A road leads past a solar park on the Aegean island of Tilos. With its winter population of 400 and summer population of some 3,000, Tilos will become the first island in the Mediterranean to run exclusively on wind and solar power when the blades of the 800-kilowatt wind turbine start turning. While celebrating the country’s emergence from the last bailout program, the Greek government should stop, think of the people and take a look at Tilos.
On the day that Greece exited the eurozone’s bailout program, another story, about Tilos – a small island in the Aegean Sea – also featured in the news. Tilos will soon be powered only by wind and solar energy, making it the first autonomous renewable green island in the Mediterranean. The final tests are currently being carried out and upon their completion Tilos will run exclusively on an innovative installation of high-tech batteries recharged by a wind turbine and a solar park. In an interesting coincidence with the day’s main news, the article pointed out that the project had been funded by the European Union and will be used as a blueprint for other small islands across the EU that have limited grid connection to the mainland.
Unlike Tilos, autonomy will remain a challenge for Greece as it will be difficult to tap the markets and move toward a sustainable path of recovery. The country’s credibility is now in an extremely fragile state, the result of eight years of tough austerity measures and three successive programs, starting in 2010, 2012 and 2015 – the last of which was unnecessary – that were marked by soaring unemployment, hardship, and an unprecedented brain-drain effect.
So, is there any real room for growth? Growth is imperative for the country to regain its credibility and at the same time steer through a series of targeted relief measures via tax reduction in 2019 as well as a set of social and welfare support initiatives that can be covered without external support only up until the end of 2022. The country may have achieved budget surpluses – excluding debt repayments – of around 4 percent in 2016 and 2017, but its hands remain tied as far as social welfare spending is concerned.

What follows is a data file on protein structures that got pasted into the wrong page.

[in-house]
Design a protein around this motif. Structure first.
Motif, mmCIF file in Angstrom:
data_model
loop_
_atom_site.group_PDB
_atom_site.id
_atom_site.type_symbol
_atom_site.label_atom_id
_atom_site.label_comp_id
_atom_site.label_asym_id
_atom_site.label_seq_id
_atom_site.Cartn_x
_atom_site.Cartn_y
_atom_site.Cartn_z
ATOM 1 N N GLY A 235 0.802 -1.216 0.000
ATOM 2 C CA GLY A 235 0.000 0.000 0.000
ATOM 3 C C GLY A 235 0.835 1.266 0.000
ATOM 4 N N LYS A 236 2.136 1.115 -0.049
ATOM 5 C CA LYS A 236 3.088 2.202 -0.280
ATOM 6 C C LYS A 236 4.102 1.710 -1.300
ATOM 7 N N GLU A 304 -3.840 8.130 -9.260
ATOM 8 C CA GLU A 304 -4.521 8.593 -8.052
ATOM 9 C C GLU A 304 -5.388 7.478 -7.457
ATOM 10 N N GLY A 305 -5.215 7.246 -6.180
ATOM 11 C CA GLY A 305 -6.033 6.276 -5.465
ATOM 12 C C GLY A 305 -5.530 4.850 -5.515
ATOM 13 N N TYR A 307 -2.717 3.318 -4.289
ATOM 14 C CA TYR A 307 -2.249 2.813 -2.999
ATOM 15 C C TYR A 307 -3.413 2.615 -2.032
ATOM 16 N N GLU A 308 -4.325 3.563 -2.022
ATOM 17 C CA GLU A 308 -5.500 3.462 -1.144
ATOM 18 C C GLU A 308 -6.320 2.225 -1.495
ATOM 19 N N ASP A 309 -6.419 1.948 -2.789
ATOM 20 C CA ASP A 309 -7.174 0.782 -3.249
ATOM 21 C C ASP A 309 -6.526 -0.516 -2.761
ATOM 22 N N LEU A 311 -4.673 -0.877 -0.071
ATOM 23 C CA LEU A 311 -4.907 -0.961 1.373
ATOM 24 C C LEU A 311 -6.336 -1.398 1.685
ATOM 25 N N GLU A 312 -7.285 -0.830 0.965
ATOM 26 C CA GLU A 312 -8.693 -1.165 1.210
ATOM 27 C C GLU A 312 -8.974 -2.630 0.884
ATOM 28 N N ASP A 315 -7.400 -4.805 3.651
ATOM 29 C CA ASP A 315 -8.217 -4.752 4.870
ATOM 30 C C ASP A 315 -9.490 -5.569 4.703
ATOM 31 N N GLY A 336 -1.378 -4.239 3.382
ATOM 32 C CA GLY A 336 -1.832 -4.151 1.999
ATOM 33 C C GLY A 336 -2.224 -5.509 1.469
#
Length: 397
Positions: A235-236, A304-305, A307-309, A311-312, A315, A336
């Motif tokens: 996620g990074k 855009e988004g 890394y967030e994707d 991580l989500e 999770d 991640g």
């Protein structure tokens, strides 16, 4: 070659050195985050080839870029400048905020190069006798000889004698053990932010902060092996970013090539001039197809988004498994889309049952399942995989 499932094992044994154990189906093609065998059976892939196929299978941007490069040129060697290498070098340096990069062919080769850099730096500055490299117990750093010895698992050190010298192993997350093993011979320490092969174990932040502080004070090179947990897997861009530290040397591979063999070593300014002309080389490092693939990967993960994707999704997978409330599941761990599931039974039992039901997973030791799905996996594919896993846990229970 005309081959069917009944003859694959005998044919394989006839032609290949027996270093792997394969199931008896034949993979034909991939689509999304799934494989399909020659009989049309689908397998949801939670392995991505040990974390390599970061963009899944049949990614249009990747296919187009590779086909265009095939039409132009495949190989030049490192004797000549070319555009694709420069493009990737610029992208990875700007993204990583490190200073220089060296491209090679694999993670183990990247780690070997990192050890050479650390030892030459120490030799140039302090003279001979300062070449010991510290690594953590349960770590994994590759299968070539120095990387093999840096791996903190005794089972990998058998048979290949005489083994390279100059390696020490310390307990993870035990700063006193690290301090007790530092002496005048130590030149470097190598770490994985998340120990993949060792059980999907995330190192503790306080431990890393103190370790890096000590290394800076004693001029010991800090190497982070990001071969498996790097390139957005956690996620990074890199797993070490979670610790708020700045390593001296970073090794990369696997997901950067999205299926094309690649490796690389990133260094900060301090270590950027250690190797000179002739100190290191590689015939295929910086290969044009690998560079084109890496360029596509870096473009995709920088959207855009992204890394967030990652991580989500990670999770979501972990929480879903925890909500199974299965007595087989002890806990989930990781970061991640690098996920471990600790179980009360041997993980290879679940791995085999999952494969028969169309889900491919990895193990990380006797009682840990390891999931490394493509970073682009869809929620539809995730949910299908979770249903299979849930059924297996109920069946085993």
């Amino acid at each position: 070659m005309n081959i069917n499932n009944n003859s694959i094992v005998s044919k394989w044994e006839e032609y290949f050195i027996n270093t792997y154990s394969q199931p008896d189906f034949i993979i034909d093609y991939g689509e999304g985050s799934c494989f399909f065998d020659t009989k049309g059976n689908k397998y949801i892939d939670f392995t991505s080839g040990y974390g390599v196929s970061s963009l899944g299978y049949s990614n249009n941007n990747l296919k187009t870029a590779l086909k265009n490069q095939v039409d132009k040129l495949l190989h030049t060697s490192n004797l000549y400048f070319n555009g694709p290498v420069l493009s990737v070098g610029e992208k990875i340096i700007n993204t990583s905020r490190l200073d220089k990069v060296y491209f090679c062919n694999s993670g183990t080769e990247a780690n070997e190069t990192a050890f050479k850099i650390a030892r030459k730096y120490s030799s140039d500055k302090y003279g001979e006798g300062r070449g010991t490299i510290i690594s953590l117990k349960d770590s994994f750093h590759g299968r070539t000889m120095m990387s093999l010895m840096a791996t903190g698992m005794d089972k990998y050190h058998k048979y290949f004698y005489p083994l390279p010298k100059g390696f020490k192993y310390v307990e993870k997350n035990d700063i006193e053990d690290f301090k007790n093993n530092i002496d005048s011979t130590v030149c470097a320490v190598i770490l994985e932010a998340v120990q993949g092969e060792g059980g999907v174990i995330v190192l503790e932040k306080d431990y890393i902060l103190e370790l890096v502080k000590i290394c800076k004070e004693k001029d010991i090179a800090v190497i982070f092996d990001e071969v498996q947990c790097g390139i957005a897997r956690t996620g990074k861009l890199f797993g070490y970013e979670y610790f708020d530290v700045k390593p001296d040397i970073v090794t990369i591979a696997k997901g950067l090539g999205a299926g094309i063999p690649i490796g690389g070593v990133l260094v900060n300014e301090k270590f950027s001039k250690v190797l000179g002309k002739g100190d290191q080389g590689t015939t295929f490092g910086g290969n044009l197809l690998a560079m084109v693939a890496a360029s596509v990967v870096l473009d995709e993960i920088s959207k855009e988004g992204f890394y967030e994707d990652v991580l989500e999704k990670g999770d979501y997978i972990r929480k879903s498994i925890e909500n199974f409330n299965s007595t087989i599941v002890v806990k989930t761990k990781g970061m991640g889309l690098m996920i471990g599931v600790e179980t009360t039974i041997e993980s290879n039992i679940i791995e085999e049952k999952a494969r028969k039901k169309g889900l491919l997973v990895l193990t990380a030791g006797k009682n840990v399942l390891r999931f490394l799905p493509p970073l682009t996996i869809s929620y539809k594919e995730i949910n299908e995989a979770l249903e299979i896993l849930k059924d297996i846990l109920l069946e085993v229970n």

Recovery is “not an event, it is a process,” as European Commissioner for Economic and Financial Affairs Pierre Moscovici said on the day Greece emerged from the bailout program. The country can now borrow at market rates but it still has a long way to go in its efforts to refinance maturing loans on sustainable debt terms, especially considering how fragile the global economy has become recently. A number of unfolding events such as the currency crisis in Turkey, uncertainty in Italy and the increased probability of a no-deal Brexit can always destabilize global markets and subsequently affect the country’s recovery efforts.
Greece has already legislated for new reforms for 2019 and 2020 and will remain under supervision for several years. The improving economic indicators however are not yet translating into tangible improvements in Greeks’ day-to-day lives. Except on Tilos. Tilos has managed to achieve the autonomy – at least in energy terms – that the country has been reaching for all these years. Tilos’s autonomy was also made through EU funding but will generate substantial change for the island’s residents, lead to long-term infrastructure improvements, encourage trade and, above all, will improve the social and economic status of those that matter most – the people.
While celebrating the country’s emergence from the last bailout program, the Greek government should stop, think of the people and take a look at Tilos. In the process toward the country’s financial autonomy there are lessons that can be learned from this small Dodecanese island.
Thanos Niforos is director of fund-raising affairs at the European Public Law Organization (EPLO).